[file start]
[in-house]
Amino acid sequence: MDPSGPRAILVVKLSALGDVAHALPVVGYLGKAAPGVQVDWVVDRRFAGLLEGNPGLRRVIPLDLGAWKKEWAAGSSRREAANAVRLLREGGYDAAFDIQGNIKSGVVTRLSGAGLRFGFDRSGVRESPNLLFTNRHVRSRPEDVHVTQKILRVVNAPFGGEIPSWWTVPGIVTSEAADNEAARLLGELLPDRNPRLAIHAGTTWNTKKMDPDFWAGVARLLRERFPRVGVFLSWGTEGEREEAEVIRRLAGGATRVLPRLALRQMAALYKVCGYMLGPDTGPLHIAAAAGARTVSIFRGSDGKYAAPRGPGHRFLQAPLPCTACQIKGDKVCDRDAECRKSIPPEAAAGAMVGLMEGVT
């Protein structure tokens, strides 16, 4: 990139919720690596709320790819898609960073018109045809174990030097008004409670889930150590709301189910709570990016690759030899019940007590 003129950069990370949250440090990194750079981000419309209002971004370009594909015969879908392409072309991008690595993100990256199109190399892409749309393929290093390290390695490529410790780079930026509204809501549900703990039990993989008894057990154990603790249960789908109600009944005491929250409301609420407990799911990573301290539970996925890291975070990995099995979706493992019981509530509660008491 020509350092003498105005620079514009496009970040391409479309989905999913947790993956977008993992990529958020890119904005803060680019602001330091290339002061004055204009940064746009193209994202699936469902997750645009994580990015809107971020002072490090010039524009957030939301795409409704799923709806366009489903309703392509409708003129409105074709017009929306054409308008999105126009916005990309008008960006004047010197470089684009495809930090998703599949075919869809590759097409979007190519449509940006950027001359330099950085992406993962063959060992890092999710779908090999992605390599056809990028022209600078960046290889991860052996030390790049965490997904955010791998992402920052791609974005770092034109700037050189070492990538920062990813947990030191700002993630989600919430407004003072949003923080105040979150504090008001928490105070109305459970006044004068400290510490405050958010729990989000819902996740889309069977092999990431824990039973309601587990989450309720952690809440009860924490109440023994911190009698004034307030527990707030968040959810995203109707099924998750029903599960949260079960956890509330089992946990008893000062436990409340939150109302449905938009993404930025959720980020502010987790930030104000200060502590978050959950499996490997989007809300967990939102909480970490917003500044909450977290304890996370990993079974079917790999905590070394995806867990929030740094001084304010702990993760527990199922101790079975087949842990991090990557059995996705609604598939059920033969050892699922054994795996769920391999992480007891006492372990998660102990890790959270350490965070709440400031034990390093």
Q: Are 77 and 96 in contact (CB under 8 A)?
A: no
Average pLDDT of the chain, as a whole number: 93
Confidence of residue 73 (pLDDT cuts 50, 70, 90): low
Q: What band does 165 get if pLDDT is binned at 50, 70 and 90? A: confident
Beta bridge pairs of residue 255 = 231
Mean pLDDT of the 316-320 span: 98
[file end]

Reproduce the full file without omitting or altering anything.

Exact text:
[in-house]
Amino acid sequence: MDPSGPRAILVVKLSALGDVAHALPVVGYLGKAAPGVQVDWVVDRRFAGLLEGNPGLRRVIPLDLGAWKKEWAAGSSRREAANAVRLLREGGYDAAFDIQGNIKSGVVTRLSGAGLRFGFDRSGVRESPNLLFTNRHVRSRPEDVHVTQKILRVVNAPFGGEIPSWWTVPGIVTSEAADNEAARLLGELLPDRNPRLAIHAGTTWNTKKMDPDFWAGVARLLRERFPRVGVFLSWGTEGEREEAEVIRRLAGGATRVLPRLALRQMAALYKVCGYMLGPDTGPLHIAAAAGARTVSIFRGSDGKYAAPRGPGHRFLQAPLPCTACQIKGDKVCDRDAECRKSIPPEAAAGAMVGLMEGVT
């Protein structure tokens, strides 16, 4: 990139919720690596709320790819898609960073018109045809174990030097008004409670889930150590709301189910709570990016690759030899019940007590 003129950069990370949250440090990194750079981000419309209002971004370009594909015969879908392409072309991008690595993100990256199109190399892409749309393929290093390290390695490529410790780079930026509204809501549900703990039990993989008894057990154990603790249960789908109600009944005491929250409301609420407990799911990573301290539970996925890291975070990995099995979706493992019981509530509660008491 020509350092003498105005620079514009496009970040391409479309989905999913947790993956977008993992990529958020890119904005803060680019602001330091290339002061004055204009940064746009193209994202699936469902997750645009994580990015809107971020002072490090010039524009957030939301795409409704799923709806366009489903309703392509409708003129409105074709017009929306054409308008999105126009916005990309008008960006004047010197470089684009495809930090998703599949075919869809590759097409979007190519449509940006950027001359330099950085992406993962063959060992890092999710779908090999992605390599056809990028022209600078960046290889991860052996030390790049965490997904955010791998992402920052791609974005770092034109700037050189070492990538920062990813947990030191700002993630989600919430407004003072949003923080105040979150504090008001928490105070109305459970006044004068400290510490405050958010729990989000819902996740889309069977092999990431824990039973309601587990989450309720952690809440009860924490109440023994911190009698004034307030527990707030968040959810995203109707099924998750029903599960949260079960956890509330089992946990008893000062436990409340939150109302449905938009993404930025959720980020502010987790930030104000200060502590978050959950499996490997989007809300967990939102909480970490917003500044909450977290304890996370990993079974079917790999905590070394995806867990929030740094001084304010702990993760527990199922101790079975087949842990991090990557059995996705609604598939059920033969050892699922054994795996769920391999992480007891006492372990998660102990890790959270350490965070709440400031034990390093």
Q: Are 77 and 96 in contact (CB under 8 A)?
A: no
Average pLDDT of the chain, as a whole number: 93
Confidence of residue 73 (pLDDT cuts 50, 70, 90): low
Q: What band does 165 get if pLDDT is binned at 50, 70 and 90? A: confident
Beta bridge pairs of residue 255 = 231
Mean pLDDT of the 316-320 span: 98